My rating: 5 of 5 stars
12 stars of 5!
Perusing this novel’s foreword by acclaimed author Joe R. Lansdale really raised the bar of my expectations for this story. Mr. Lansdale calls Author Barrett one of the last true storytellers, and in my view this is highly accurate. I was immediately caught up in the tale, nearly a participant rather than an observer. There’s no question of suspension of disbelief in this tale; it occurs involuntarily. The painting Mr. Barrett sets out to create is incredibly detailed, a tapestry with sights, smells, sounds, tastes, and touches-well-defined characters, and a plot with secrets lurking just under the surface, rising only for a moment to peek at the reader with a sharp wink and then disappearing.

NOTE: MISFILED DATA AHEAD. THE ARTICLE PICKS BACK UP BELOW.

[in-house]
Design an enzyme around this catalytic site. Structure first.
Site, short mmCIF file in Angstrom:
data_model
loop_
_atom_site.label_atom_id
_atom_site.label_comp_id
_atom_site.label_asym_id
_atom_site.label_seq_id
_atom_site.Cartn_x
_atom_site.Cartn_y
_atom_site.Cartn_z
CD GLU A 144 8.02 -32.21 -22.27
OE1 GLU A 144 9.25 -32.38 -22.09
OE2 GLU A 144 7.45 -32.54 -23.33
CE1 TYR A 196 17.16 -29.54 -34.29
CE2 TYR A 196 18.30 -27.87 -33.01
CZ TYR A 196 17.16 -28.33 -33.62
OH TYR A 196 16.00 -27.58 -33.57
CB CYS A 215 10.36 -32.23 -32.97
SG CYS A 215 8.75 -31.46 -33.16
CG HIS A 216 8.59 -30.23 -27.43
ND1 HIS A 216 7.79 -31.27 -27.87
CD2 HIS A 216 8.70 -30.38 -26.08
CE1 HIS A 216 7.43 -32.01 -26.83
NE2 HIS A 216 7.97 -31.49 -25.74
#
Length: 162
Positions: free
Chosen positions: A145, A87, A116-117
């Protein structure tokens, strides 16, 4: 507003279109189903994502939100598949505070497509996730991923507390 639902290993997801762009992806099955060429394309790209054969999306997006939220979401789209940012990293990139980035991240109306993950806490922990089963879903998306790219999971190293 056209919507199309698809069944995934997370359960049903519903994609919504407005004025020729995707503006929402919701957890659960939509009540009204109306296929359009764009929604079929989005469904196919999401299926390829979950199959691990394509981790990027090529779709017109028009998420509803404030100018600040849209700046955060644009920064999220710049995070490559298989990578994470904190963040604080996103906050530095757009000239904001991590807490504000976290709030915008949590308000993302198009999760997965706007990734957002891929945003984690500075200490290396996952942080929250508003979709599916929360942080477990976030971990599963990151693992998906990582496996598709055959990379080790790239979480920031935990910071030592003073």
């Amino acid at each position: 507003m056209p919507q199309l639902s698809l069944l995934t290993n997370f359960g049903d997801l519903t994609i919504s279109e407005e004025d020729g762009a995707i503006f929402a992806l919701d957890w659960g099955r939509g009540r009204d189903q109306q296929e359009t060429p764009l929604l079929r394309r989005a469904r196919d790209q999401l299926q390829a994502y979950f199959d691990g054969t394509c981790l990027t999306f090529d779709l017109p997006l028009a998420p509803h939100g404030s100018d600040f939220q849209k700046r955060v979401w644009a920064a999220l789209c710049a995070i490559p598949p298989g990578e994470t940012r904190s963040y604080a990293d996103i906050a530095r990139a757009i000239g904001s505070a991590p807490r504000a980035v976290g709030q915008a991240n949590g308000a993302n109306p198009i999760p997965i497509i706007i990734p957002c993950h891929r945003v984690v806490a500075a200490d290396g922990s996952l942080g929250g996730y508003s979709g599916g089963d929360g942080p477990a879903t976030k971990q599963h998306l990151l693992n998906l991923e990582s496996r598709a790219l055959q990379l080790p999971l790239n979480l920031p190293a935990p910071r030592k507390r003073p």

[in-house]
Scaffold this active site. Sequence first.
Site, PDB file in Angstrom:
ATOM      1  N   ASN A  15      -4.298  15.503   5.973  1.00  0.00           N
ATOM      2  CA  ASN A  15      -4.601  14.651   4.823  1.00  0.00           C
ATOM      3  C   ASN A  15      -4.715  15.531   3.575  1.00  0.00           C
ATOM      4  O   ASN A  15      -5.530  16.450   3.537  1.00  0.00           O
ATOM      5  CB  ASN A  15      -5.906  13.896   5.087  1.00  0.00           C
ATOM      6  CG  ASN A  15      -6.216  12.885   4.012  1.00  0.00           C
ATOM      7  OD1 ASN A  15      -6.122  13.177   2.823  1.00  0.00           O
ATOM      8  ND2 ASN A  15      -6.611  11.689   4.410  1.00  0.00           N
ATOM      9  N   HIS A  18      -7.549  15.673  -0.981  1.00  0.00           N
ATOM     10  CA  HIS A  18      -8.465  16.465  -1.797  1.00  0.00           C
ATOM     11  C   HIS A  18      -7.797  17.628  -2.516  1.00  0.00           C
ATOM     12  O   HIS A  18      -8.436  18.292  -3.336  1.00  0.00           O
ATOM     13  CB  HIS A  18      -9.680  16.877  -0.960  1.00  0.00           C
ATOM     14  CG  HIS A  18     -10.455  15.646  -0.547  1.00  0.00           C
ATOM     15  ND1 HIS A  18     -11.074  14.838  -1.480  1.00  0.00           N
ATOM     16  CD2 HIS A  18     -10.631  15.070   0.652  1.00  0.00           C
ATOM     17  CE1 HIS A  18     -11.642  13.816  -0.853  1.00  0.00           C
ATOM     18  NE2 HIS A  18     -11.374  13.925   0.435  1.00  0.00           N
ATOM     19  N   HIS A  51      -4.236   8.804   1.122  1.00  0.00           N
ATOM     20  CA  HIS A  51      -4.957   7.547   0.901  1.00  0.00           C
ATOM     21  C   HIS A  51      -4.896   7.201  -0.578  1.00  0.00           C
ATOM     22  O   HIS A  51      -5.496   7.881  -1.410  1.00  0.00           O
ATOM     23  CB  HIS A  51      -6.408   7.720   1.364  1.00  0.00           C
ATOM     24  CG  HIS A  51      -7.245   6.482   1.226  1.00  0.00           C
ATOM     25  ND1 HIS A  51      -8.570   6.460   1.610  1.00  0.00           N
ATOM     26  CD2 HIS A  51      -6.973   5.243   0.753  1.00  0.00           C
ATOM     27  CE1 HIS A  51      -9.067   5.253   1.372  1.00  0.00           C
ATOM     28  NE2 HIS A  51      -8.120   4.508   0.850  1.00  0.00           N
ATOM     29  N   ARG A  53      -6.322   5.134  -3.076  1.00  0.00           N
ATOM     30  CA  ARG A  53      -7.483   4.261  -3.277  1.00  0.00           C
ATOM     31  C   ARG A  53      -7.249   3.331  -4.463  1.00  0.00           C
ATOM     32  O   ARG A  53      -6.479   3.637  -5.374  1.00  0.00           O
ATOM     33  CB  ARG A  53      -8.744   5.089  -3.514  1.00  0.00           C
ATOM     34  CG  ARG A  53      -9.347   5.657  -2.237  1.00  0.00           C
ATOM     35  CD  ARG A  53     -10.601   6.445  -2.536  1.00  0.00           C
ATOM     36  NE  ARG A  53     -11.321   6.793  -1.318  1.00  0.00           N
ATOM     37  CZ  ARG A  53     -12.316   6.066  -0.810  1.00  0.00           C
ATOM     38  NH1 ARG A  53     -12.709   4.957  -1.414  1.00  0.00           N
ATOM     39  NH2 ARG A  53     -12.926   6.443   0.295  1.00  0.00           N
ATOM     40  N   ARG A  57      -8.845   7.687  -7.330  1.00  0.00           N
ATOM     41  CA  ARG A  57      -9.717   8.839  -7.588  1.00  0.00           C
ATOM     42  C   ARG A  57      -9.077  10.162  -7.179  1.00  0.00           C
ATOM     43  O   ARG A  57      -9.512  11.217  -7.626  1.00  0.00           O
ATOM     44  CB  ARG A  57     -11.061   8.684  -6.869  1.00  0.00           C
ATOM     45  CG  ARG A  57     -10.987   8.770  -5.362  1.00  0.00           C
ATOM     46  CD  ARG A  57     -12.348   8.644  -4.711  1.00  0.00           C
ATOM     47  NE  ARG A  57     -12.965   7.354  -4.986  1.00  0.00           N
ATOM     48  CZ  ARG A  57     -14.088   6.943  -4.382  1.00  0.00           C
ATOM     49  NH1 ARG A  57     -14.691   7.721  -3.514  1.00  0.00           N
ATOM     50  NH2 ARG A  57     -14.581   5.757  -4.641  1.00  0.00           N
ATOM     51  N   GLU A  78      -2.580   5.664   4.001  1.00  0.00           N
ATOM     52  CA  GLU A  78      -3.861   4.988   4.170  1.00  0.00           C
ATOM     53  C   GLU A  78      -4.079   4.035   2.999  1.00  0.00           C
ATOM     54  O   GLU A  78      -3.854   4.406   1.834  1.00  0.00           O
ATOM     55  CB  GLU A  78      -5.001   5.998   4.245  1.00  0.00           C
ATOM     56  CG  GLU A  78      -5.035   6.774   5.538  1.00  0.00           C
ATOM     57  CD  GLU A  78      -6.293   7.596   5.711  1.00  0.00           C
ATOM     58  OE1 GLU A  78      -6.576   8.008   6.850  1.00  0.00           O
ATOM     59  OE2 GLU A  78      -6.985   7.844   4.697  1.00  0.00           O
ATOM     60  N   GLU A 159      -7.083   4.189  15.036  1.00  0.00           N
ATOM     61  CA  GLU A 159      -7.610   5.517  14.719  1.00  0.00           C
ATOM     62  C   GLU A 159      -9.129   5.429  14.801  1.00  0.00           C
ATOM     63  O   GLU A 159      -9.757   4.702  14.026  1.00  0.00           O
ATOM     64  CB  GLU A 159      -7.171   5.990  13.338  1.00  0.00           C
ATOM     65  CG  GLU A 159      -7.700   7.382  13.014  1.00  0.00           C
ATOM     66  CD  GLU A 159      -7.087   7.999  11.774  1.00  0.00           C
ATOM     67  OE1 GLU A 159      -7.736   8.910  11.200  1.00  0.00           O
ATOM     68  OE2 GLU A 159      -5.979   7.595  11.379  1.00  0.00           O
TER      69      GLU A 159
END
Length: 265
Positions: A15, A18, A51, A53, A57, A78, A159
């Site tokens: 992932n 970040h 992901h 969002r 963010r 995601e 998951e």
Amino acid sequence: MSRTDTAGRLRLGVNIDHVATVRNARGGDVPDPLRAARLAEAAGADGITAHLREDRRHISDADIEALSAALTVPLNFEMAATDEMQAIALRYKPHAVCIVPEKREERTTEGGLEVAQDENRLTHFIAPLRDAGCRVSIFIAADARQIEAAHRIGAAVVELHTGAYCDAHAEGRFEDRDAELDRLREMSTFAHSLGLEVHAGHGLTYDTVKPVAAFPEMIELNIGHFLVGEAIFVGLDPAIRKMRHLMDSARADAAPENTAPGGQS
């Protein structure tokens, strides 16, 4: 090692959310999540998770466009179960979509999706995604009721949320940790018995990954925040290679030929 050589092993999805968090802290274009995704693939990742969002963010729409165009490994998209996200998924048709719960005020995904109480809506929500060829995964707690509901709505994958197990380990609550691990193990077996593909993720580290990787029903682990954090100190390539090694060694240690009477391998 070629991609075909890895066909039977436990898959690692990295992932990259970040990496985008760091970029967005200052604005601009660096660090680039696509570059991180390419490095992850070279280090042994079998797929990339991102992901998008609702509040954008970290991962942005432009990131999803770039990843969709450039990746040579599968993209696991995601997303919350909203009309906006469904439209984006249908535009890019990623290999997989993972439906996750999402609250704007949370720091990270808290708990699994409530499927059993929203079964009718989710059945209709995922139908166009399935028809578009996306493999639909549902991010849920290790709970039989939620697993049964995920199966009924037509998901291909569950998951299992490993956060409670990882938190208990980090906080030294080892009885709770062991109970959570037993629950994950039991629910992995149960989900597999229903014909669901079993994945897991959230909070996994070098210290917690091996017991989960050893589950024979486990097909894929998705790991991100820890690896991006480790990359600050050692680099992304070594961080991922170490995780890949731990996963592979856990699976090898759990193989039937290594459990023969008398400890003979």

In this horrible post-apocalyptic America, where farmers and townspeople and cavalry and government strive to carry on just as if the “War” had never occurred and wiped out wildlife other than birds and fish, the reader has become part of the tale and is living through it along with the characters-both those human and those not-so-human. This was an enrapturing read for a Sunday afternoon, without noise and without distractions, I was so caught up in the story and its settings. Neal Barrett Jr. is now one of my must-read-authors. I think I could read a version of the phone book if he composed it.
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